BACKGROUND: Previous studies have demonstrated a positive association between smoking and addiction to opioids in patients with chronic non-malignant pain. This could be explained by a susceptibility in some patients to develop addiction. Another explanation could be that nicotine influences both pain and the opioid system. The objective of the study was to investigate whether smoking, former smoking ± nicotine use and nicotine dependence in patients with chronic non-malignant pain were associated with opioid use and addiction to opioids.
METHODS: The study was a cross-sectional study carried out at a multidisciplinary Danish pain centre. All patients aged 18 or more in treatment at the pain centre on the 1st of September 2013 were invited to participate in the study.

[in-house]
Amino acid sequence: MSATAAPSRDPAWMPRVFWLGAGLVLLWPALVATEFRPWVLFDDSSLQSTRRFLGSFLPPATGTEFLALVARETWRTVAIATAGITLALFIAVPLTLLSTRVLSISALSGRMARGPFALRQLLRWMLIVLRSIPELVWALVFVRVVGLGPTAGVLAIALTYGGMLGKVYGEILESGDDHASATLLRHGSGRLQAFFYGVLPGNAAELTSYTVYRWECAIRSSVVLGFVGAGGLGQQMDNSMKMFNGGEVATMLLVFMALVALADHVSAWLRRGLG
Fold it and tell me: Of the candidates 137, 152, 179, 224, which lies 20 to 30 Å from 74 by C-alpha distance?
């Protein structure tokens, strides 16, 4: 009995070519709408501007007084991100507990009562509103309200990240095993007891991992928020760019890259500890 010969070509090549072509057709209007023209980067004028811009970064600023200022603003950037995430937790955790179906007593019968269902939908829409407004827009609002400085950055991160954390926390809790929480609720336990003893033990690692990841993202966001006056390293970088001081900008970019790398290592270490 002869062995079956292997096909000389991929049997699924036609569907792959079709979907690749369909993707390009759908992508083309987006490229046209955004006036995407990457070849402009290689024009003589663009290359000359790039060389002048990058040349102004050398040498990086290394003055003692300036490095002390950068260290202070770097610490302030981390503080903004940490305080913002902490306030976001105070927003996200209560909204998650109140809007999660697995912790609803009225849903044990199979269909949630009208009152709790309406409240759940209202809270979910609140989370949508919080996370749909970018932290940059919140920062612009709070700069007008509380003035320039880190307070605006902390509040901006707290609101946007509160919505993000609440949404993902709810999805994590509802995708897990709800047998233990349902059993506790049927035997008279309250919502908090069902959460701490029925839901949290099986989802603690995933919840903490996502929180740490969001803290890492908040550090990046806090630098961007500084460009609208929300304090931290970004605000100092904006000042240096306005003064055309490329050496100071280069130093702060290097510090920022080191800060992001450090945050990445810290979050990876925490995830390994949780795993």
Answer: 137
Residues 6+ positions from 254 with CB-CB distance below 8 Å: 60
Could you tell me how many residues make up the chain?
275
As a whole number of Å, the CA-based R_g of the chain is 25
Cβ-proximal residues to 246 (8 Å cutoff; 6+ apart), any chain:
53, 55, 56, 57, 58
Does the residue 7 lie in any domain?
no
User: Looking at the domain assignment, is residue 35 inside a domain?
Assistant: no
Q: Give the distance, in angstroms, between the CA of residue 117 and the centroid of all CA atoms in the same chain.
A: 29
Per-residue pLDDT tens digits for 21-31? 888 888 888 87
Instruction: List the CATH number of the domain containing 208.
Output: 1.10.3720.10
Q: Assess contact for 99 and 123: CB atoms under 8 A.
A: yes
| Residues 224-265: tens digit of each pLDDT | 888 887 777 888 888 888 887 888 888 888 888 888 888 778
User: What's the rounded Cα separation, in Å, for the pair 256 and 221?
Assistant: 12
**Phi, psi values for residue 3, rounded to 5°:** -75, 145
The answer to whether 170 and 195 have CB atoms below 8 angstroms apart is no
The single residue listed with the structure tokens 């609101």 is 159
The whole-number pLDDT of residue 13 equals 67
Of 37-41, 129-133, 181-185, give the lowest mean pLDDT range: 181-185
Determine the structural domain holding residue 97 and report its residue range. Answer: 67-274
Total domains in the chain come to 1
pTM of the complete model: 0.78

RESULTS: A total of 98 patients (65%) participated in the study. The prevalence of current smokers was twice as high as in the general population. The prevalence of patients using opioids was 54% and the prevalence of addiction to opioids was 6%. No significant differences in addiction were found between the different smoking groups, but smokers and former smokers using nicotine tended to use opioids more frequently and at higher doses than never smokers and former smokers not using nicotine.
CONCLUSIONS: The study supports previous evidence that smoking is associated with chronic pain. Our data suggest that information about use of nicotine substitution in chronic non-malignant patients are relevant both in a clinical setting, but also in future studies of the association between smoking habits, pain and opioid use.